Once | Review
Going back through the doors of Fairfield Halls last week was like revisiting an old friend. Since its closure several years ago for renovation Croydon has really missed its performing arts epicentre. The basic structure remain the same but its décor and interior has been much improved with a fresher more modern look. Audiences have recently enjoyed the pantomime. Cinderella but it was ‘Once’ in the Ashcroft Theatre that I really wanted to see.
Once (the musical) started life as a motion picture written and directed by John Carney and with songs written by Glen Hansard and Marketa Irglova, it was adapted for the stage and had a very successful run on Broadway and at the Phoenix Theatre in the West End. Now this beautifully crafted show has completed its run at the Ashcroft Theatre it embarks on a nationwide tour.
On the surface, the story is quite simple, a musician recently split from his girlfriend is at a very low ebb, when by chance he encounters a girl who hears him play. She encourages him that his music needs to be heard, through the power of music and a new friendship the guy begins to heal and sees things with a more positive light. What makes the writing of ‘Once’ so beautiful is that it deals with the complexities of life and more importantly love, you never have a straightforward choice as things are never as simple as they seem.
It is a story is so open and relatable that it isn’t even necessary to give the lead characters names and are listed in the programme as ‘Guy’ and ‘Girl’. The guy is played by Daniel Healy whose long association with ‘Once’ started when he was understudy for Ronan Keating, the original Guy in the West End production, he has absolutely perfected the role. His reticence in the early scenes is spot on and as his role develops you realise what an accomplished musician and actor he is. Emma Lucia has also played ‘The Girl’ before during the regional premier of Once. She brings boundless enthusiasm and musical talent to the role and the connection between her and Healy is palpable. It is casting that works a dream.
The rest of the actor/musicians have bountiful talent all playing multiple instruments often while singing and dancing too. They are onstage before the show starts having a jamming session while the audience are seated so you are in no doubt of their musical abilities from the off. Once is set in Dublin and the music has traditional Irish roots but with a modern twist played on acoustic string and percussion instruments. The songs are so meaningful they stay with you for hours after the show reinforcing the theme that creating music is all about expressing your feelings.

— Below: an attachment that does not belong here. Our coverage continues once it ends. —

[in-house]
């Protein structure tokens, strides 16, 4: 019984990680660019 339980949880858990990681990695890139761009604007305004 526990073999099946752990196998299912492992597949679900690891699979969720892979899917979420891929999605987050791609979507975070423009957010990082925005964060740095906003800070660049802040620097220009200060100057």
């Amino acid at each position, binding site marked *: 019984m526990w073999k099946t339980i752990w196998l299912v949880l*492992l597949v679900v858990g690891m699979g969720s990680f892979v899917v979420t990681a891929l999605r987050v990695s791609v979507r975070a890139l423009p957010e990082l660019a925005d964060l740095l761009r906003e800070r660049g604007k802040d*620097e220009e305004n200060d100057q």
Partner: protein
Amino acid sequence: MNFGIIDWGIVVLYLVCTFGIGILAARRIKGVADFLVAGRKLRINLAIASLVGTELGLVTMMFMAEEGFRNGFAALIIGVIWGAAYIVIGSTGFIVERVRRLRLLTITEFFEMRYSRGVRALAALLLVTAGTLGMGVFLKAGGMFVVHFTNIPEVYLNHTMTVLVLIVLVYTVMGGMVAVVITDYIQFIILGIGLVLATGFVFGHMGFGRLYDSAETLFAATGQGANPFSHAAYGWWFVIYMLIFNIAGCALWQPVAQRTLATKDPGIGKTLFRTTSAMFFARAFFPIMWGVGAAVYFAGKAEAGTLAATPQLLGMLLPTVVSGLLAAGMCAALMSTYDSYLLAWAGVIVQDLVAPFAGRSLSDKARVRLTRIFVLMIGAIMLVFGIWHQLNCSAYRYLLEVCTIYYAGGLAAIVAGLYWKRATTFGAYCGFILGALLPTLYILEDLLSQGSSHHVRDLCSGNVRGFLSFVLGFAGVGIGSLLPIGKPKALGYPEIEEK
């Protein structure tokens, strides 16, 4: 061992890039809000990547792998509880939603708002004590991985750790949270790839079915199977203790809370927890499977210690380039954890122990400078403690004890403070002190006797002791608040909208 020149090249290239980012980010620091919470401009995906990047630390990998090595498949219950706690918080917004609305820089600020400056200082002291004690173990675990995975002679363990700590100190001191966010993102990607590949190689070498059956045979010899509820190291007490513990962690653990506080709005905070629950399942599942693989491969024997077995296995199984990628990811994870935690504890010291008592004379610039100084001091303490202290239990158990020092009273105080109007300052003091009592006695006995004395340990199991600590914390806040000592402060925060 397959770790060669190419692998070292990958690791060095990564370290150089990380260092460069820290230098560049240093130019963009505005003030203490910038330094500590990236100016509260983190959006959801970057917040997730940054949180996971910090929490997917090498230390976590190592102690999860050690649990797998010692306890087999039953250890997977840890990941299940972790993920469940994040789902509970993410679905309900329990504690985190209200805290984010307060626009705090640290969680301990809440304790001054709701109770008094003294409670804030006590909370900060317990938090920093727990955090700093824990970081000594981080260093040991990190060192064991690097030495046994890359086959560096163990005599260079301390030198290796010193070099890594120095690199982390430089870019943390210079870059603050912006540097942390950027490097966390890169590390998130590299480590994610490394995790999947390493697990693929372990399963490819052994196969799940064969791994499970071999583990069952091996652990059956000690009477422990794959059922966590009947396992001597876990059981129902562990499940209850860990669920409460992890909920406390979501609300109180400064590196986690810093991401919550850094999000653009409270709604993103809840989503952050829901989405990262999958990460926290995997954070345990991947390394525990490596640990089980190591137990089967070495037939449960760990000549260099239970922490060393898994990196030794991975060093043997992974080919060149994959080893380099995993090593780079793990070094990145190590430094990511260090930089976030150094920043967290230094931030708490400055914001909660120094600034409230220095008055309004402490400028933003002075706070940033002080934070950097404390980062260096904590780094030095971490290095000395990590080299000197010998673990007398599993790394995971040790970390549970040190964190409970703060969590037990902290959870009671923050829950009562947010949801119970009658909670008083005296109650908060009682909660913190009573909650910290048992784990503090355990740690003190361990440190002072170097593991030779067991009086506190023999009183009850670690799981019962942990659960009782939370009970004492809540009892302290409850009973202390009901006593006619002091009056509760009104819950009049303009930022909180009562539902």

I wish Once a richly deserved successful tour, The story, music and staging blend together to create a blissful evening out. Bravo!
Reviewer: Sammi O’Neill
ONCE UK TOUR
19 December 2019 – 11 January 2020 | Ashcroft Theatre, Fairfield Halls Croydon
13 – 18 January 2020 | Cliffs Pavillion Southend
20 – 25 January 2020 | Liverpool Empire
3 – 8 February 2020 | Grand Opera House York
10 – 15 February 2020 | New Victoria Theatre Woking
17 – 22 February 2020 | Milton Keynes Theatre
24 February – 1 March 2020 | New Wolsey Wolsey Theatre, Ipswich
2 – 7 March 2020 | Bath Theatre Royal
10 – 14 March 2020 | Belgrade Theatre Coventry
17 – 21 March 2020 | Regent Theatre Stoke
23 – 28 March 2020 | Malvern Festival Theatre
30 March – 4 April 2020 | His Majesty’s Theatre Aberdeen
6 – 11 April 2020 | Nottingham Theatre Royal
14 – 18 April 2020 | New Theatre Oxford
20 – 25 April 2020 | Theatre Royal Brighton
5 – 9 May 2020 | Lyceum Theatre Sheffield
11 – 16 May 2020 | Millennium Centre Cardiff
18 – 23 May 2020 | Mayflower Theatre Southampton
26 – 30 May 2020 | Edinburgh Playhouse
1 – 6 June 2020 | Alexandra Theatre Birmingham
8 – 13 June 2020 | Marlowe Theatre Canterbury
15 – 20 June 2020 | Leicester Curve
22 – 27 June 2020 | The Lowry, Salford
6 – 11 July 2020 | Theatre Royal Plymouth
13 – 18 July 2020 | King’s Theatre Glasgow
20 – 25 July 2020 | Hull New Theatre